Athens, Greece – One of the World’s Timeless Cities


I woke up bright and early on Saturday with the purpose of taking an in early morning train from Litochoro to Athens. That said we finally arrived in Athens by 1:00 p.m. Not even one minute off the train and I get stopped for taking pictures at the train station by Private Security. Go figure — that is just my luck. The dude finally let me go but not before asking me to follow him. Man, I really dodged a bullet there.

When we arrived at the hostel, which was by far the nicest one I’ve stayed at in Europe — I was feeling great — but very tired and mostly just hungry. I felt like Winnie the Pooh all the time in the stories. We used the metro to get to the Acropolis quicker. Before going inside, though, we had lunch at a not-so-cheap restaurant. Prices weren’t too bad. What made it bad was the fact that our waiter overcharged us and brought us food we didn’t know we were being charged for. It made us all very angry when we got the bill; I’m going to spare you all from the total cost of lunch.

After lunch we strolled through the acropolis for some picturesque moments. We realized at this time that it was closed and we would have to come back on Monday. We moved swiftly through the acropolis and trekked up the Hill of the Muses, past the Prison of Socrates, and to the Philopappou monument.

Panoramic shot of the city.

The view from this spot was perfect. We could see everything for miles. A spectacular panoramic view of the city. I’m talking about crowded streets and tightly built condominiums and apartments. They were like blips on a map of green, yellow, orange, salmon, beige, and white hue. I could have stayed there for hours, but all good things must come to an end. I think I said at one point that I would even do homework up there. That’s how desperate I was to stay…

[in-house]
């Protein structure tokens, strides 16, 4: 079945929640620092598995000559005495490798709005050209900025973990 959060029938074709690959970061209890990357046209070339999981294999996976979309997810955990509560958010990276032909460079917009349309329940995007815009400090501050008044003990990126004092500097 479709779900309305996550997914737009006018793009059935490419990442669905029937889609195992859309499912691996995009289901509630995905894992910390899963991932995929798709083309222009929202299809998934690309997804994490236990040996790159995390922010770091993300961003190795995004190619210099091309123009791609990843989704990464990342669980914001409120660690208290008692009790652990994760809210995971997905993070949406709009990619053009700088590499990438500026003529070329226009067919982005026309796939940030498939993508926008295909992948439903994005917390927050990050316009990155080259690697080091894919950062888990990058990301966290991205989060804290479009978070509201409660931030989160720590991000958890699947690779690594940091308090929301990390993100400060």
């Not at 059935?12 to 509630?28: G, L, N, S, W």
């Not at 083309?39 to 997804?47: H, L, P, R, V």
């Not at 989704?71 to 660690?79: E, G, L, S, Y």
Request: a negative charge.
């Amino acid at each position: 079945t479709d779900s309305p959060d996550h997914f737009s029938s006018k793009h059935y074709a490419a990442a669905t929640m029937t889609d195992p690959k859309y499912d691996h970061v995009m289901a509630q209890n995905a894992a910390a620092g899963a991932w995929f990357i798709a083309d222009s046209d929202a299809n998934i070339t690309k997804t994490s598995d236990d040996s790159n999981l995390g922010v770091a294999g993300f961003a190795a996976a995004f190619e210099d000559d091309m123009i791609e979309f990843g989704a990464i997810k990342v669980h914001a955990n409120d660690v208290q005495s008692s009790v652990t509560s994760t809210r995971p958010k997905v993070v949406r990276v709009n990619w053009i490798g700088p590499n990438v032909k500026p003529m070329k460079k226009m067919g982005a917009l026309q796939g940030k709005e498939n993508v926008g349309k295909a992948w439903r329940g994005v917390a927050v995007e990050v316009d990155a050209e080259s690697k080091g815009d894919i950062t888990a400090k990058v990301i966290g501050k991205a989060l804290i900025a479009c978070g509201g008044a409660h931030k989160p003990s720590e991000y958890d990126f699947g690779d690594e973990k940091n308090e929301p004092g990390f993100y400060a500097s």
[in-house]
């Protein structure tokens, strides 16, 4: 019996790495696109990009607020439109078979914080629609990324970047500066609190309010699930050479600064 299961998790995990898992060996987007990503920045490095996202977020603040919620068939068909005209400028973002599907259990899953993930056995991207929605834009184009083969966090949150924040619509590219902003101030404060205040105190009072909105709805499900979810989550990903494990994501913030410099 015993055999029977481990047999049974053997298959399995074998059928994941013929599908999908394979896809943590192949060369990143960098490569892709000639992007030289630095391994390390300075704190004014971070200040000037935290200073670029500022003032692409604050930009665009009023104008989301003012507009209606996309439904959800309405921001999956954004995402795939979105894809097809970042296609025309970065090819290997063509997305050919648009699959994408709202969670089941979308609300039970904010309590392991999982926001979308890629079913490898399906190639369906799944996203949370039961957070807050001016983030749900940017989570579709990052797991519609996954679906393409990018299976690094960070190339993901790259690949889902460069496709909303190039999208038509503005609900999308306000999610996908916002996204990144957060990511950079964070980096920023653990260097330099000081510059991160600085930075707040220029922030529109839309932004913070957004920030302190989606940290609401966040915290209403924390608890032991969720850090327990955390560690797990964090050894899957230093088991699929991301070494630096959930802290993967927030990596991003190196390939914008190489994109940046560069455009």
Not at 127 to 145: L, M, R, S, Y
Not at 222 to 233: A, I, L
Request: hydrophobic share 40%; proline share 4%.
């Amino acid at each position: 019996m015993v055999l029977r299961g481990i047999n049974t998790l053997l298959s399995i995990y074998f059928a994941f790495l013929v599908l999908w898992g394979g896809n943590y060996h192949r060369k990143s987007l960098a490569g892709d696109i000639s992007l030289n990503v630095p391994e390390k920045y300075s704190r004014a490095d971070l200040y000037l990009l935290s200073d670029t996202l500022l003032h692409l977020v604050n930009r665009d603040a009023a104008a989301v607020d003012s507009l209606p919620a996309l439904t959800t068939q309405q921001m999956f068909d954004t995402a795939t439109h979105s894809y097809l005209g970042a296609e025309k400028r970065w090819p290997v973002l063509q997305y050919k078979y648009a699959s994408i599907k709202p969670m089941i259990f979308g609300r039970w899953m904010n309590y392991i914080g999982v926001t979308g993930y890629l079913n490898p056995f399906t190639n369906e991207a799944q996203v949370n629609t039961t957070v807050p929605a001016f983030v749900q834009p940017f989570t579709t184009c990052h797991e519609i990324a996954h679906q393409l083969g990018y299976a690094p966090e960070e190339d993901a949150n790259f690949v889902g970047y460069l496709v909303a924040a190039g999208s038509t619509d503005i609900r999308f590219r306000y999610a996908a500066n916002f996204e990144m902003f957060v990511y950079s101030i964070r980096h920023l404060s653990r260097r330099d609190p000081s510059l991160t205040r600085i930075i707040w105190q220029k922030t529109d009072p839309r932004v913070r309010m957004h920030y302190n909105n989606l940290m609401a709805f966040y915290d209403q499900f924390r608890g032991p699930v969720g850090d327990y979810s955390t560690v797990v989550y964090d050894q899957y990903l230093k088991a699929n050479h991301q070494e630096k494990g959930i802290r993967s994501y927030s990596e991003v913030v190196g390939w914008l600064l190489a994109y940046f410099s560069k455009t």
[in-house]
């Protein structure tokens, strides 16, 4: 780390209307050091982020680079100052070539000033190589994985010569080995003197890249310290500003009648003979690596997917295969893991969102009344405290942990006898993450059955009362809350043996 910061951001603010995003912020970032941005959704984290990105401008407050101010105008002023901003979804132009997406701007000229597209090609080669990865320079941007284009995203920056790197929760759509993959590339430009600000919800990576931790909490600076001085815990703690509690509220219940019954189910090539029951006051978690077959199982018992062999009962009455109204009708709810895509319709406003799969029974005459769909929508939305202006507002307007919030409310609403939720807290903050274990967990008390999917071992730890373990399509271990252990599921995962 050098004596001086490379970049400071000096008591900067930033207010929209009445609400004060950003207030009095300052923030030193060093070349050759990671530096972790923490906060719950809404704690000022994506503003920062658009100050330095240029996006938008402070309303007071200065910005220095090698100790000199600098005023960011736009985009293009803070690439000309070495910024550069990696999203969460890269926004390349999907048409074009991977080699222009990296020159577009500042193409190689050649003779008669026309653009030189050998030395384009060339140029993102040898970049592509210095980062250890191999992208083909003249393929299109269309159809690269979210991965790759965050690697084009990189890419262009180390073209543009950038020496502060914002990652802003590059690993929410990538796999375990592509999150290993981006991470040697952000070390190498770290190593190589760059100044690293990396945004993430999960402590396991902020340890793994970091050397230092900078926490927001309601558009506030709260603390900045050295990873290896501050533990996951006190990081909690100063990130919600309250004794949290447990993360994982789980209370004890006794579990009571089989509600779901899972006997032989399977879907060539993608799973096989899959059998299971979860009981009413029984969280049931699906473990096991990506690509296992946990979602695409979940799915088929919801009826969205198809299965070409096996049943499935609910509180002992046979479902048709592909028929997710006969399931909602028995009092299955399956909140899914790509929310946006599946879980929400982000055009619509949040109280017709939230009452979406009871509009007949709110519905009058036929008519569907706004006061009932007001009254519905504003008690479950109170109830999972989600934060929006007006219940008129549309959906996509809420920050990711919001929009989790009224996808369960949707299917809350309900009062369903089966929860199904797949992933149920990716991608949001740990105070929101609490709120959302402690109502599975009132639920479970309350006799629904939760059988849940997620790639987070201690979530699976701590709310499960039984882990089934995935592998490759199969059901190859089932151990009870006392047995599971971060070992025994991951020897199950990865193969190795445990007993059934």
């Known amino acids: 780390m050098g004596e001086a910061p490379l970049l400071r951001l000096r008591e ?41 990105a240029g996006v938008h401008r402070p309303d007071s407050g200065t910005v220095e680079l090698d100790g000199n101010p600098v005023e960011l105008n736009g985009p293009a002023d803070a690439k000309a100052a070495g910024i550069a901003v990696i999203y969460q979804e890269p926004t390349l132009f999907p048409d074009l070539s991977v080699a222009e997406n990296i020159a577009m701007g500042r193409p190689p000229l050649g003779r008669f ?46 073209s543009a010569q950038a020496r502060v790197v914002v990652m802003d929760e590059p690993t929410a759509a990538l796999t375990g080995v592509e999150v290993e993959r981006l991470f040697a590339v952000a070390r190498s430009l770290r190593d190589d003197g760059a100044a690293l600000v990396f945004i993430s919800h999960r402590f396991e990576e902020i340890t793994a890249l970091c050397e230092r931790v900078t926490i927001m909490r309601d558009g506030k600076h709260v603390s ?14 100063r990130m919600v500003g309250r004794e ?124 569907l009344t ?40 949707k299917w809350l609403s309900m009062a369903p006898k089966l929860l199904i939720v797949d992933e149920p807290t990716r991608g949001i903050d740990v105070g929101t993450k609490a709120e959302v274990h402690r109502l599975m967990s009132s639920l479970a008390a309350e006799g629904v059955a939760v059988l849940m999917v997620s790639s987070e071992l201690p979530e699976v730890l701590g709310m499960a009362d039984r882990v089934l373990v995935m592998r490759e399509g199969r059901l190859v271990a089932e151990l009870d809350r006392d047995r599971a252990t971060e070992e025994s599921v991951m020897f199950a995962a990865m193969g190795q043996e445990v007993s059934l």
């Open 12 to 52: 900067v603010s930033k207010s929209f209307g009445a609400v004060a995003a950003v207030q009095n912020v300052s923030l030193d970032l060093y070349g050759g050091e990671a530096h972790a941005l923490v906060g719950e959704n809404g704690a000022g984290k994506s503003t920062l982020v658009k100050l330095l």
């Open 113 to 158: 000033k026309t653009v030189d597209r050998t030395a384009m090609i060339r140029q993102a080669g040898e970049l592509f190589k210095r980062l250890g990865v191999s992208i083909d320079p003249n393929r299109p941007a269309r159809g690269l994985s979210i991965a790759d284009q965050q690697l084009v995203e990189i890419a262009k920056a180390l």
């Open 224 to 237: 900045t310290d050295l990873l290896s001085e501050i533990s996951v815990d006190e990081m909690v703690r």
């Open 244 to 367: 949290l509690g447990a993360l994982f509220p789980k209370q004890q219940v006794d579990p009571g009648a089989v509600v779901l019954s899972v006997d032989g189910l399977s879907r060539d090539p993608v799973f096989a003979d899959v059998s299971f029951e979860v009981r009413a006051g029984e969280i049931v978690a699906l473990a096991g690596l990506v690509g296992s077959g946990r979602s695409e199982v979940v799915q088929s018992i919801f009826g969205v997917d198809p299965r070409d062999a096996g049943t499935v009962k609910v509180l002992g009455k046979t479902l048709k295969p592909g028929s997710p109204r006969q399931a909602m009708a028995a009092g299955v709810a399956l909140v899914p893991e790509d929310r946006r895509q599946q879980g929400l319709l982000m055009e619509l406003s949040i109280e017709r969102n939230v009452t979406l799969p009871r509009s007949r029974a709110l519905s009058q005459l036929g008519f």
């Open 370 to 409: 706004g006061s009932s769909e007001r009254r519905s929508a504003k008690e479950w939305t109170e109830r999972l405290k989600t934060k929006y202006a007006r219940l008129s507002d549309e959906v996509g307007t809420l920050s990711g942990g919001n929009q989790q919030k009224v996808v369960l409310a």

We walked down the hill, past some shops and crossed a bunch of streets until we got the Temple of Zeus. Everything closes early in Athens during low season so just as we missed the Acropolis earlier; the same fact was true about the temple of Zeus.

We walked through the national garden at night and saw the Zappeion building; a building meant for congress and exhibitions. Then, we trailed through Athens’ famous market in the Plaka district.

The market contains shops that sell souvenirs such as postcards, scale replicas of monuments, Greece apparel, and scale representations of the famous Greek Gods.

You could have found just about anything here. There are shops that sell purses, ceramics, hats, jewelry, and even more. Food shops line the streets in between the mess of tourist shops. Restaurant employees try their hardest to get you to come in to their restaurant by offering free beer and shots and rooftop views of the Acropolis.Overall, it was a great experience. This should be a place any tourist of the Athens area visits.

The metro ride and walk back to the hostel was hardly something I’d describe as pleasant. Internationalists will try to offer you all types of drugs and will probably hiss at you if you just shrug them off and walk away. I don’t really understand that. Prostitutes will call you no matter where you are on the streets. Hell, even pimps will try to set you up with a girl in certain areas. I highly advise against walking alone past 6:00 p.m. in Athens. And if you are, walk quickly, don’t look at your map to much, and keep your personal belongings close. Just normal precautions.

As much as this behavior worries me, though, I understand that due to a struggling economy, people will do anything to make money. Even young children are street performers here. Investor Wilbur Ross said in an interview with CNBC back in August,

“There’s almost a feeling of resignation both among the people on the street and the wealthy people that eventually Greece doesn’t stay in the EU.

Come back tomorrow for more thoughts on my boat cruise to the Islands of Poros, Hydra, and Aegina. Also, see my pictures here. Enjoy!

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